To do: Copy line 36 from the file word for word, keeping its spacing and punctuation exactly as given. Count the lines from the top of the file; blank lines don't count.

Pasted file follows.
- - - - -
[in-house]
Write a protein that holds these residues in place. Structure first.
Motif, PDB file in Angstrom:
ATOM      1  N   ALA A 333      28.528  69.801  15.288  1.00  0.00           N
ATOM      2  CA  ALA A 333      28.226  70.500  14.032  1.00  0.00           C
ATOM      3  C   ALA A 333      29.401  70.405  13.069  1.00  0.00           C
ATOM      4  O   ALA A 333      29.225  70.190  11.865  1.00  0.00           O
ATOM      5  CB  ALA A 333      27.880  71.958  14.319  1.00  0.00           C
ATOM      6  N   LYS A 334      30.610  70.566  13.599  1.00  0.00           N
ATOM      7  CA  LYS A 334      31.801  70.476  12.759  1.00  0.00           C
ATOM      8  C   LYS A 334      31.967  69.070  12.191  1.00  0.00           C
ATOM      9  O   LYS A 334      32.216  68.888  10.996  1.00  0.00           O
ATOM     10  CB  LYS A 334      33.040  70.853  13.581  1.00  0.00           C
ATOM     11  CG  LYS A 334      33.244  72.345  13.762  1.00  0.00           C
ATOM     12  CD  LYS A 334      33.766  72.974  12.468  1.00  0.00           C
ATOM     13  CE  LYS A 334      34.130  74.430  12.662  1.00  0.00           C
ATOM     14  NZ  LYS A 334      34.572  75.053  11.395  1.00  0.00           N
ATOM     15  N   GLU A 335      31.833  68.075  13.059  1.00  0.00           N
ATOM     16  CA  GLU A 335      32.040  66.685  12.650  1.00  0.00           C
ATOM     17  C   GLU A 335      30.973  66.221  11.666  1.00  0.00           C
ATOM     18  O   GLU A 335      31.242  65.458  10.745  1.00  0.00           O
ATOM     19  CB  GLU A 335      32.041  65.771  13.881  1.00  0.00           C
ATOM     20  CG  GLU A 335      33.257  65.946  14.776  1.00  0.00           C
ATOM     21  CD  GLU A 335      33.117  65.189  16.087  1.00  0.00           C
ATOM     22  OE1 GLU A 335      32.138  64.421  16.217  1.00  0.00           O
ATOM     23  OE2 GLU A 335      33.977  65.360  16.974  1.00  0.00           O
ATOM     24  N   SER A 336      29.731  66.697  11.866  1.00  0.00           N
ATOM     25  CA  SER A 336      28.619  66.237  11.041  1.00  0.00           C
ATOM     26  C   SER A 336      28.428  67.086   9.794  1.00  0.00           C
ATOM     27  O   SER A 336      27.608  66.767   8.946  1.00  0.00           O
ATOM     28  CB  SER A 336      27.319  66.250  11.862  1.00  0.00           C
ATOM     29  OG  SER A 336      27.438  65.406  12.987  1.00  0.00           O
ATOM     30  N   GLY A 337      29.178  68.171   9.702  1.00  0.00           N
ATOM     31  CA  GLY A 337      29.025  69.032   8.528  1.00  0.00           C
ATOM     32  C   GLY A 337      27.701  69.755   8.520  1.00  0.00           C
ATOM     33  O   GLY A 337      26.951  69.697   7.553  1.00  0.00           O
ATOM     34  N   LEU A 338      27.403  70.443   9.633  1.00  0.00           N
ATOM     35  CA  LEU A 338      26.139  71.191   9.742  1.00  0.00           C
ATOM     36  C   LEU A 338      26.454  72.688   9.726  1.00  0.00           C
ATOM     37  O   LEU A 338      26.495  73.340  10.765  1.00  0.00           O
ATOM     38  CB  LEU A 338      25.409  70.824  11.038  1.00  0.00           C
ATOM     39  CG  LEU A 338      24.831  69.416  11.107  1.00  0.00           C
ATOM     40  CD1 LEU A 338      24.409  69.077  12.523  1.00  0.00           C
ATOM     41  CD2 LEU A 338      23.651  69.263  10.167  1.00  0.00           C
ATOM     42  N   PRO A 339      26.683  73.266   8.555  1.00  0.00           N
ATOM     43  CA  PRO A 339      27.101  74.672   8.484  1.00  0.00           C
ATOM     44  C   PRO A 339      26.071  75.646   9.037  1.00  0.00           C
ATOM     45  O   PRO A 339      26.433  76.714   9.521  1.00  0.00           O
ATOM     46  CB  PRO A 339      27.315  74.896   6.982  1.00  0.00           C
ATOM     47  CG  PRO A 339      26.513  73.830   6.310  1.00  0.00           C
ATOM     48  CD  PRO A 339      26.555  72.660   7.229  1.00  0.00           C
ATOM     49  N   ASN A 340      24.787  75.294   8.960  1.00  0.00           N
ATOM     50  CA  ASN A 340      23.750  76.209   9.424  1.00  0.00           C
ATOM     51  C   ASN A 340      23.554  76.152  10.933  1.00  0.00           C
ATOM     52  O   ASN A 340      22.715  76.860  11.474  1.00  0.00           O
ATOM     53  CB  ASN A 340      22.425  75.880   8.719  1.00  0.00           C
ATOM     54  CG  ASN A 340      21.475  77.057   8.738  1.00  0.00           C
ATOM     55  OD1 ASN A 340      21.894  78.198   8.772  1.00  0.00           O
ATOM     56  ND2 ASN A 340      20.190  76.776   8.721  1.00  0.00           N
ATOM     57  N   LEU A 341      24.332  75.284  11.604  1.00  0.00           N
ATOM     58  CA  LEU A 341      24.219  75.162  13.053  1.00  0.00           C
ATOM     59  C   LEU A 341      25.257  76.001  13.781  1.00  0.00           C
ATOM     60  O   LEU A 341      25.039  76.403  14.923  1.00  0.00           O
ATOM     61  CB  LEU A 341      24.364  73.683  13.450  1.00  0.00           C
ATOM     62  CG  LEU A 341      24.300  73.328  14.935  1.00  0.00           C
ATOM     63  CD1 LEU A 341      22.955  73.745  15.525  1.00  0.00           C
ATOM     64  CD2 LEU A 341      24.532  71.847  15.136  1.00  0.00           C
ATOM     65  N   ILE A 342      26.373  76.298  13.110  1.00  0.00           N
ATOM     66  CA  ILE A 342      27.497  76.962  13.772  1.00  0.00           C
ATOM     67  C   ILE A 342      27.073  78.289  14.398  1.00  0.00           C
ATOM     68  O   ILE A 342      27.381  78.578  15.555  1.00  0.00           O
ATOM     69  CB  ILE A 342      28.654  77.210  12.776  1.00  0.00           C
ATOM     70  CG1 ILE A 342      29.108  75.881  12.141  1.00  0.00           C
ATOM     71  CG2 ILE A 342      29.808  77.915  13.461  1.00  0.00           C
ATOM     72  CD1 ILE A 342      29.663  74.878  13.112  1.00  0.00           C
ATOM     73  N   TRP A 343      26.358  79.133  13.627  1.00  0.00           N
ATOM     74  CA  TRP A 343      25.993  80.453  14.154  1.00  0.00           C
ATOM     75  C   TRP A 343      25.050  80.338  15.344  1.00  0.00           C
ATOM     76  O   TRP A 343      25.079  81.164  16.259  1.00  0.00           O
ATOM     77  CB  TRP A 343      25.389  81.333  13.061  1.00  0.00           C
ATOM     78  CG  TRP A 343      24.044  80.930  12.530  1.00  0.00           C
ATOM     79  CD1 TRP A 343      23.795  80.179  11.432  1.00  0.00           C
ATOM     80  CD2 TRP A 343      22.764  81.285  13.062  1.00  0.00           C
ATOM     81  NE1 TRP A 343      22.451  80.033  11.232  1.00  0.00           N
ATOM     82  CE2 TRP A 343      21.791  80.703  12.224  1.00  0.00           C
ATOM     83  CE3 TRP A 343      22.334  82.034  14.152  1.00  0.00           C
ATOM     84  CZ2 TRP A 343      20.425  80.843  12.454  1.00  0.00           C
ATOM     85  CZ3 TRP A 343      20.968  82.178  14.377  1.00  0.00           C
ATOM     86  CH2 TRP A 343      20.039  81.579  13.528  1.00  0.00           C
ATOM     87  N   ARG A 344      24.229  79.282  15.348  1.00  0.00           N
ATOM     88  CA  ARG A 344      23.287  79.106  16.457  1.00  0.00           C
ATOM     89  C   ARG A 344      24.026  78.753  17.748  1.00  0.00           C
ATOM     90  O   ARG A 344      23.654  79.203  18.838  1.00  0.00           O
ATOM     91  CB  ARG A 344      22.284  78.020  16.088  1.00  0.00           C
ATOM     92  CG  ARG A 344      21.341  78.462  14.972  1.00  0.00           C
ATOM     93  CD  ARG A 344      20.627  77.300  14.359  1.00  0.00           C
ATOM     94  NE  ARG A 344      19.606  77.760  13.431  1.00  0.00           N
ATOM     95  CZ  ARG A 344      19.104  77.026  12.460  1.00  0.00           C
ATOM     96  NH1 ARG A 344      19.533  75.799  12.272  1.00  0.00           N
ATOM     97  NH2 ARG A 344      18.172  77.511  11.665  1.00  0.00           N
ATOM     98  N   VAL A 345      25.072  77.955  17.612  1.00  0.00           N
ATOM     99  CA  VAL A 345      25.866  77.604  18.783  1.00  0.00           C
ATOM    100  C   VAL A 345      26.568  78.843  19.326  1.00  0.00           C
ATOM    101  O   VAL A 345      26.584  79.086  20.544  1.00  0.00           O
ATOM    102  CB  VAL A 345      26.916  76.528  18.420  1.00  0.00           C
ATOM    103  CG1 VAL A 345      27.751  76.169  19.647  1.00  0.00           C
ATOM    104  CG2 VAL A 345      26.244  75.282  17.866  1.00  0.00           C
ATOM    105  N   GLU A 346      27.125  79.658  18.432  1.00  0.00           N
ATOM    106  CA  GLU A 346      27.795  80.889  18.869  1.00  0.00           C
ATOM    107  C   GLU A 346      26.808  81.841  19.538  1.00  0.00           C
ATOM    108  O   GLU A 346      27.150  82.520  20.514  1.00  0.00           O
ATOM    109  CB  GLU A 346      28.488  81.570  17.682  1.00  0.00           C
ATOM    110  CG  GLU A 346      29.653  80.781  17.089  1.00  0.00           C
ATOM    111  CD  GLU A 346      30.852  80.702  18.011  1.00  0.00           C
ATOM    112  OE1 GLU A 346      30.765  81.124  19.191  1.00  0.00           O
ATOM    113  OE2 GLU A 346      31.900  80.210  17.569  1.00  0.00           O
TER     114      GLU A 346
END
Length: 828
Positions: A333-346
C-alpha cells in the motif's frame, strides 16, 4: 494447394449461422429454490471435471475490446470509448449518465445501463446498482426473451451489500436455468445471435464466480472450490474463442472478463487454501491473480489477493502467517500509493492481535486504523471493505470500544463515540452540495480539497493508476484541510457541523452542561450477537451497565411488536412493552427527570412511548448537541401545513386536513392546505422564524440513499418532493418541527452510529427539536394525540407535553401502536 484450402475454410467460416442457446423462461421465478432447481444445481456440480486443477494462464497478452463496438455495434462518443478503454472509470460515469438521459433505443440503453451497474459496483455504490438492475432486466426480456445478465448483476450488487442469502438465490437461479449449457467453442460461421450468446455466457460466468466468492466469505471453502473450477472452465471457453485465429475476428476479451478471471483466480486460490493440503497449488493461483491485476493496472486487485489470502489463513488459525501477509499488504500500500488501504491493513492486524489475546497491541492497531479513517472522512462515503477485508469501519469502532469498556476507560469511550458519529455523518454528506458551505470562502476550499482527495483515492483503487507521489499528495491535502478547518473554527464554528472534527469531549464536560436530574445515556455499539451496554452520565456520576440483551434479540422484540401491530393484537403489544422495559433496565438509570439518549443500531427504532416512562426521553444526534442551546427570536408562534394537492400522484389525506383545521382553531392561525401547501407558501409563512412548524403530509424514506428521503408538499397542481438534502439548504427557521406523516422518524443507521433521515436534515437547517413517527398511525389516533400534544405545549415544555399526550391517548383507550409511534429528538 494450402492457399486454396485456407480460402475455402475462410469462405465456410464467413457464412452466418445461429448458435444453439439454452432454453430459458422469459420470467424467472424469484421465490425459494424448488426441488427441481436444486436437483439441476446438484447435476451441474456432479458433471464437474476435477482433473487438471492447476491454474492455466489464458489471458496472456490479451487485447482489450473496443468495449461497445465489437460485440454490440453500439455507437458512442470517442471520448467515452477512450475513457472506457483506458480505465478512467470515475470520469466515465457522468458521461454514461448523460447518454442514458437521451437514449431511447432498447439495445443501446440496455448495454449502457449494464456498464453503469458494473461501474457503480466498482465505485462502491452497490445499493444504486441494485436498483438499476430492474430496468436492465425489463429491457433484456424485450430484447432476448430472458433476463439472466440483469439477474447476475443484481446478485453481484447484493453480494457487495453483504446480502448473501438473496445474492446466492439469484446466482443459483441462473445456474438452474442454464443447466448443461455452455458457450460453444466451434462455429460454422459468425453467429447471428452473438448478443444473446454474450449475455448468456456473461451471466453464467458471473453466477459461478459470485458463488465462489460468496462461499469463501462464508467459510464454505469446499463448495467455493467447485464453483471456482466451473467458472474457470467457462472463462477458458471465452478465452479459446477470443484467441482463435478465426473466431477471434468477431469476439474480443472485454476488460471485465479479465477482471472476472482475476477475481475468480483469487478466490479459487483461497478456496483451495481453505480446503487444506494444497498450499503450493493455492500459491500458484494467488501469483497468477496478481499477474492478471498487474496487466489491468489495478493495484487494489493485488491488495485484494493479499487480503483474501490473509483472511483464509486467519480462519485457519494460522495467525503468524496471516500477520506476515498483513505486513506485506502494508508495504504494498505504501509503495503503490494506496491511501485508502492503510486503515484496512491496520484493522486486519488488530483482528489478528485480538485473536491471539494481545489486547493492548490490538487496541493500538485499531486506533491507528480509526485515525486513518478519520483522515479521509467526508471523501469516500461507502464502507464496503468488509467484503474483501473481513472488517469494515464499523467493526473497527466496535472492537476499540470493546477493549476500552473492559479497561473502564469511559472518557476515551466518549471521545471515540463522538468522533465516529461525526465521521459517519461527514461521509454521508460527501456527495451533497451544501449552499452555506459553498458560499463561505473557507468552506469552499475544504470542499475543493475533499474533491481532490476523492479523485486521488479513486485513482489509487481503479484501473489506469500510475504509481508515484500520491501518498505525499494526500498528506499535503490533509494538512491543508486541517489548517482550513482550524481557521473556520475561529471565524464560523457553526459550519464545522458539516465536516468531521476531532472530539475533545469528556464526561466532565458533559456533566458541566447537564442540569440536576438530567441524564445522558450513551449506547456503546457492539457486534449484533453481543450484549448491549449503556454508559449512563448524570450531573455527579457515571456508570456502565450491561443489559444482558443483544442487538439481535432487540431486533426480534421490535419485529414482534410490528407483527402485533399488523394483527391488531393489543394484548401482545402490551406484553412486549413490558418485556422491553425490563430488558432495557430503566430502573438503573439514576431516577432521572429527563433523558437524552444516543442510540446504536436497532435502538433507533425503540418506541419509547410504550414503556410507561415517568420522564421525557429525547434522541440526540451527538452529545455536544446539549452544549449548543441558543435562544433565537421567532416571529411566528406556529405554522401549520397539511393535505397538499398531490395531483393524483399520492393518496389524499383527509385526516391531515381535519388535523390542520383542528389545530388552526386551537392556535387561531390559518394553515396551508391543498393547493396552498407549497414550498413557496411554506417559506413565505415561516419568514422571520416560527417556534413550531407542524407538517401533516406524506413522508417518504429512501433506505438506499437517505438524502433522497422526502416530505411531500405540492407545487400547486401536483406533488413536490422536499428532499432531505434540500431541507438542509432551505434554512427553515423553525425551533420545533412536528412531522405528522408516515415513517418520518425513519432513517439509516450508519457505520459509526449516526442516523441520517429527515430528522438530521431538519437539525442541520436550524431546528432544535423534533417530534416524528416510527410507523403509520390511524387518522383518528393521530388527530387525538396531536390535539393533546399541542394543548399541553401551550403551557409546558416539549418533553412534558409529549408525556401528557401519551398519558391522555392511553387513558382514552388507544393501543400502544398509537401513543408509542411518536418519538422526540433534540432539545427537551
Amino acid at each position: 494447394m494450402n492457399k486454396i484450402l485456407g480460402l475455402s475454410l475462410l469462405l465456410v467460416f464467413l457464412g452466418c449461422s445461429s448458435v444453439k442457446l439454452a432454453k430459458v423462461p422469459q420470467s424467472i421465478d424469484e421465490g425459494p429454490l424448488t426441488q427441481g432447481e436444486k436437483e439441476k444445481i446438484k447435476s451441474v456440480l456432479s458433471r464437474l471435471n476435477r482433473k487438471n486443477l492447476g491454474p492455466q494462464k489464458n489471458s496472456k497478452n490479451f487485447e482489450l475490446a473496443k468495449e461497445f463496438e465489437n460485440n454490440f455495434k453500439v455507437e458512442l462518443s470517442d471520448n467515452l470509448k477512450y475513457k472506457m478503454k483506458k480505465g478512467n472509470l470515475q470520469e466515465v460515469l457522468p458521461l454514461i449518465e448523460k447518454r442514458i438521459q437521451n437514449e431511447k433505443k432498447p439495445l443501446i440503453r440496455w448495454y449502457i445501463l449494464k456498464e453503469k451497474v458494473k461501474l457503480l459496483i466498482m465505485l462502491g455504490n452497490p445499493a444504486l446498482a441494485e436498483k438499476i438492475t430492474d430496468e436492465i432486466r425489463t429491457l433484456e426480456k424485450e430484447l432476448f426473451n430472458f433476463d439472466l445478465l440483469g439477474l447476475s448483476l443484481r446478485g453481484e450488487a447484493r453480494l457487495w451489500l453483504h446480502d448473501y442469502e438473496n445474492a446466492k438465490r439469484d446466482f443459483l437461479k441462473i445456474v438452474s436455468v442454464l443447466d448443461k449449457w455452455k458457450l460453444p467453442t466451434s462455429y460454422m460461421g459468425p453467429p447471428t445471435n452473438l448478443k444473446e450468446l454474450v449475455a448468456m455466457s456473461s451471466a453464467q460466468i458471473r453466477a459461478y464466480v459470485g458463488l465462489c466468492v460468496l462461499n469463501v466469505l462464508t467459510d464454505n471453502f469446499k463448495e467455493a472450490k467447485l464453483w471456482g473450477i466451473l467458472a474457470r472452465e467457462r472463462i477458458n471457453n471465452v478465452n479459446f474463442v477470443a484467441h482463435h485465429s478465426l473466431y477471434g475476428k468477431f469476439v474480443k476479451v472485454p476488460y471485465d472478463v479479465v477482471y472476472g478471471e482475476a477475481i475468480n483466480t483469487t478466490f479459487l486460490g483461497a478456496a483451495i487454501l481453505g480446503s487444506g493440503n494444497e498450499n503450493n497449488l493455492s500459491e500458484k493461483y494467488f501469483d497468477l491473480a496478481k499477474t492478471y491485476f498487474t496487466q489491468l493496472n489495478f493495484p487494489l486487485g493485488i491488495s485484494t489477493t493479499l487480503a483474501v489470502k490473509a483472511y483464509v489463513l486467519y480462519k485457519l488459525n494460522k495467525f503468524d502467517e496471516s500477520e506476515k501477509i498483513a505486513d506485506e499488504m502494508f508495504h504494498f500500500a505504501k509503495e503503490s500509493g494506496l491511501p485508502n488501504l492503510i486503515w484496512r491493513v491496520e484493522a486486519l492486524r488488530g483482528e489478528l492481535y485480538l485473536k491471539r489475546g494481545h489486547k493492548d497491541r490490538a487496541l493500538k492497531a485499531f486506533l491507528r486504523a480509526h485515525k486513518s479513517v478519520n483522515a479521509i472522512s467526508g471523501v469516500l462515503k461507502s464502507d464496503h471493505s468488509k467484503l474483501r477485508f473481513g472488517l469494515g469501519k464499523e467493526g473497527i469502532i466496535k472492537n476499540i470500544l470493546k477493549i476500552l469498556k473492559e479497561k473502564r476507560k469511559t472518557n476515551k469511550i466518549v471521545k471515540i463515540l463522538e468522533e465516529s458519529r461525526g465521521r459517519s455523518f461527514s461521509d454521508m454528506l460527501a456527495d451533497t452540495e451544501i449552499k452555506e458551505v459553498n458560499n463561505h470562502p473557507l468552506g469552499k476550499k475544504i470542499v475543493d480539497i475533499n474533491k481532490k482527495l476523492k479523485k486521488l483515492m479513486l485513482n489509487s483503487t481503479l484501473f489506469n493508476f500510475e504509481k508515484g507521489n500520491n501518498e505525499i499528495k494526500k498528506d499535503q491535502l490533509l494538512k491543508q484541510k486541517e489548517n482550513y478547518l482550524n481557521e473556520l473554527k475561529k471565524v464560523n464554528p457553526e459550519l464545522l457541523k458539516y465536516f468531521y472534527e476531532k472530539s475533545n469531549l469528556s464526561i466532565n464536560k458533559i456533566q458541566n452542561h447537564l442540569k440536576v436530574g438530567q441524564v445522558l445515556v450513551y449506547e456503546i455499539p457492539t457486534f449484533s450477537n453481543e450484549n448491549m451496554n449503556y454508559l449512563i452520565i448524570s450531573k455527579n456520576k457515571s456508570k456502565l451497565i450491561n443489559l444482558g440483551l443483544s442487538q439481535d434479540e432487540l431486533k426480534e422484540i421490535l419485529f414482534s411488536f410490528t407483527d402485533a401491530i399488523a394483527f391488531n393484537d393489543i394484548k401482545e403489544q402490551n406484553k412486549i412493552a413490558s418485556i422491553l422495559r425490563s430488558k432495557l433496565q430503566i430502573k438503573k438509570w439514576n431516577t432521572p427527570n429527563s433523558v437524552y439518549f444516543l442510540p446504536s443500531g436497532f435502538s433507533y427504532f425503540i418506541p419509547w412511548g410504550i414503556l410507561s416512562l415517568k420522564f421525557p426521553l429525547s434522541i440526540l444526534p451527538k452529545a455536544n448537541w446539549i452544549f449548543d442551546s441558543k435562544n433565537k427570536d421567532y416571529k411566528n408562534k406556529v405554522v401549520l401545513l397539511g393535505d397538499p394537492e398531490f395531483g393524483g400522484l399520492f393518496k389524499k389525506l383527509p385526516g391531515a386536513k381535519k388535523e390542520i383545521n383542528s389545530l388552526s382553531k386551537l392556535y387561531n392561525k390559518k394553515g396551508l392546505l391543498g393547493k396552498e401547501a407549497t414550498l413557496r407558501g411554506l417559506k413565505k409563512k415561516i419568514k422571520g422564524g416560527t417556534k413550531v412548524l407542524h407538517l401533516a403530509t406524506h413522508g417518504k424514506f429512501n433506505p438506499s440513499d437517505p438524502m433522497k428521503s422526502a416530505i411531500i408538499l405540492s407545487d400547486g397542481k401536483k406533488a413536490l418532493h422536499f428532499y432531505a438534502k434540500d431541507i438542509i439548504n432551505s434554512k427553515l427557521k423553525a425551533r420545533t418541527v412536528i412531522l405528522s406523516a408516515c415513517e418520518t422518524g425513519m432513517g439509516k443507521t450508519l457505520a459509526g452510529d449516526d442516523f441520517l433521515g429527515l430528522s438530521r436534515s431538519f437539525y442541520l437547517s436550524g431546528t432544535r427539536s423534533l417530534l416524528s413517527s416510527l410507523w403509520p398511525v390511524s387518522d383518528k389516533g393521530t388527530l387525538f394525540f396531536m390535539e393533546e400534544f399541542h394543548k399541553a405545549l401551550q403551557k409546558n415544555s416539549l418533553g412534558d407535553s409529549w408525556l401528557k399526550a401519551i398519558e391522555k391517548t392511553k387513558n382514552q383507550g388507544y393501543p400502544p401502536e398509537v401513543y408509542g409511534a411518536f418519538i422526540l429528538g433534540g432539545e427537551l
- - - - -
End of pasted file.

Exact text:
ATOM     33  O   GLY A 337      26.951  69.697   7.553  1.00  0.00           O